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The Sleeping Car Murders

From Wikipedia, the free encyclopedia

Compartiment tueurs
Directed byCosta-Gavras
Screenplay byCosta Gavras
Based onThe Sleeping Car Murders by Sébastien Japrisot
Produced byJulien Derode
StarringYves Montand
Simone Signoret
Catherine Allégret
Jacques Perrin
Michel Piccoli
Jean-Louis Trintignant
CinematographyJean Tournier
Edited byChristian Gaudin
Music byMichel Magne
Release date
Running time
89 minutes
Box office$8.1 million

The Sleeping Car Murders (also known as The Sleeping Car Murder, French title: Compartiment tueurs) is a 1965 French mystery film directed by Costa-Gavras from the novel by Sébastien Japrisot. It stars Yves Montand, Simone Signoret, Michel Piccoli, Jean-Louis Trintignant, Catherine Allégret, Jacques Perrin, Charles Denner and Pascale Roberts.[1] The film was the directorial debut of Costa-Gavras, to be followed later by other, more politically-oriented work.


The film begins with a young woman, Bambi (Catherine Allégret), boarding a train from Avignon to Paris. Also on her compartment are her fellow passengers, René Cabourg (Michel Piccoli), Georgette Thomas (Pascale Roberts), Rivolani (Paul Pavel), and famed actress Éliane Darrès (Allégret’s real-life mother Simone Signoret). She also meets Daniel (Jacques Perrin), a stowaway en route to Paris. After helping him avoid the ticket inspector, she allows him to sleep in an empty compartment above hers. Upon reaching Paris, realizing he had nowhere to go, she also allowed him to stay in her apartment and they start a relationship. Meanwhile, in the train, Georgette is found dead in her bunk. Police Inspector Grazziani (Yves Montand) and his assistant Jean-Lou Gabert (Claude Mann) is assigned to handle the case. The other passengers are identified and are told to contact the police as possible eyewitnesses. The police also questioned Georgette’s lover, Bob Vaski (Charles Denner).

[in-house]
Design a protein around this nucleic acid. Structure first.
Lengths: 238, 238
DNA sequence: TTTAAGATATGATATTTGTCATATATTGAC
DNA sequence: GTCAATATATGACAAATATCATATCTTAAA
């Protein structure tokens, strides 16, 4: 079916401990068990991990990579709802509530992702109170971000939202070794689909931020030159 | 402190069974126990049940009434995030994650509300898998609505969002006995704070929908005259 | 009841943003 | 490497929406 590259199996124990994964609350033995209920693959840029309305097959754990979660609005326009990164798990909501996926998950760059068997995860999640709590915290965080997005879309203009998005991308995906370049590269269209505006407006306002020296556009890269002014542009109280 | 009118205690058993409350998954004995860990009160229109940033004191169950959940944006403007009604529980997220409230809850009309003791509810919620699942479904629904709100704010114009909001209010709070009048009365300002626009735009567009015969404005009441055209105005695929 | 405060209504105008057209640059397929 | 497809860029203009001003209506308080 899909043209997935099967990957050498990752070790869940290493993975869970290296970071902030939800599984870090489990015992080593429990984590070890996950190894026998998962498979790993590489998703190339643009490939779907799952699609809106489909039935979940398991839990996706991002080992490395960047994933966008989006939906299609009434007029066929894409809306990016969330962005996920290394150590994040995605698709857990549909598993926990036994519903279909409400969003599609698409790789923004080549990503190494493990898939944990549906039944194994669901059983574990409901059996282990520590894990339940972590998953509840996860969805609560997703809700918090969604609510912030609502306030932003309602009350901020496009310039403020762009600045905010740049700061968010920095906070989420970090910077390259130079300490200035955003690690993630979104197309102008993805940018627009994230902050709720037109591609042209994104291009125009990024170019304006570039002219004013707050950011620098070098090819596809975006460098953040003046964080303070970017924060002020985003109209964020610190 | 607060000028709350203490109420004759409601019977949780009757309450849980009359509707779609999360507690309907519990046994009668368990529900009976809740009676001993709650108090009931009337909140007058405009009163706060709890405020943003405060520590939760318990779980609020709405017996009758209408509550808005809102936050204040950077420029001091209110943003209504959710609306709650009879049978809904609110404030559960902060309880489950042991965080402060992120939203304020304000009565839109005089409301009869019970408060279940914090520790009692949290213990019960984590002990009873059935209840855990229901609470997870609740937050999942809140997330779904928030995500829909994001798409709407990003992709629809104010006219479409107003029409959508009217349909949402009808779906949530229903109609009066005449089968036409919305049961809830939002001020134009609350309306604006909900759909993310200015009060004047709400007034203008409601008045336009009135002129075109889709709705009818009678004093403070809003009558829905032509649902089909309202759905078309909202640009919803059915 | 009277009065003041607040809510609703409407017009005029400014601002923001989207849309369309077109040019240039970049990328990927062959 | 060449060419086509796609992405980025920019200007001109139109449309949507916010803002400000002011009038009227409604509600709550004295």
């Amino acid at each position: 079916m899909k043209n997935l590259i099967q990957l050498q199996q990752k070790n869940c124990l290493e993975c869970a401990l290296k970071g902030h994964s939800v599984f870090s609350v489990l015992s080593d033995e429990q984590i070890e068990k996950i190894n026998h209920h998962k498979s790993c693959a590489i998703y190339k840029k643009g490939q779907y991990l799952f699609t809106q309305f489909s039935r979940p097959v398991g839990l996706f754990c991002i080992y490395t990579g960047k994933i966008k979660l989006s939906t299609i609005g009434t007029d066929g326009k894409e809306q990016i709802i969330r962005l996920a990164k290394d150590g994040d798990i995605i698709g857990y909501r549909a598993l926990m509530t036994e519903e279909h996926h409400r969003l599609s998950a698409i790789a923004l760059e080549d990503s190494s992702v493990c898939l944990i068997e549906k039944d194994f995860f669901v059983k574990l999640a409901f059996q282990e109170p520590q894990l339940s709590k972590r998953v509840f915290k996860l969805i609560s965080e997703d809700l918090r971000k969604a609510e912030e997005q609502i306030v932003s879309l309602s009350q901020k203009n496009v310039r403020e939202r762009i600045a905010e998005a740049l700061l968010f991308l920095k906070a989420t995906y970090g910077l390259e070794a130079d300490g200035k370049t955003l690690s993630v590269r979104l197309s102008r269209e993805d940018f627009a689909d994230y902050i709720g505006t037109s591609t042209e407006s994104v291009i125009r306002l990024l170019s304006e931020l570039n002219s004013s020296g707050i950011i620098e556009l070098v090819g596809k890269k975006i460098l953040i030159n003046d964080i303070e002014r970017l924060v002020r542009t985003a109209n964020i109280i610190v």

Cabourg, who was infatuated with Georgette and had been rebuffed by her on the train was the first to contact the police, but before he was able to testify, he was shot and killed by an unknown assailant. The police start questioning the passengers, starting with Darrès, arriving at her apartment at the same time as Bambi and Daniel were about to return her wallet, taken earlier by Daniel. As the police enter the apartment her lover Éric Grandin (Jean-Louis Trintignant) is seen leaving. From Darrès, the police learn about the altercation between Georgette and Cabourg. She also told them about Daniel, but as the ticket had been registered by another person, they didn’t believe her.

Meanwhile Daniel and Bambi discovered a love letter from Grandin to Darrès in her wallet, as they read the letter the narration turns into a flashback and Darrès reminiscing on her relationship. As she was about to leave her apartment, Darrès was killed by the unknown assailant, while at the same time another assailant murders Rivolani. Both murders also occur before the police were able to talk to them.

Following Darrès’ murder, the police question Grandin as Daniel also arrives to returns the wallet and letter. They also learn that Darrès had asked her brother for a loan to be used to start a farm in South Africa with Grandin, alerting them that Grandin was in financial trouble and in need of money. Meanwhile the police interview Garaudy, the presumed sixth passenger on the compartment, but they discover that she did not board the train.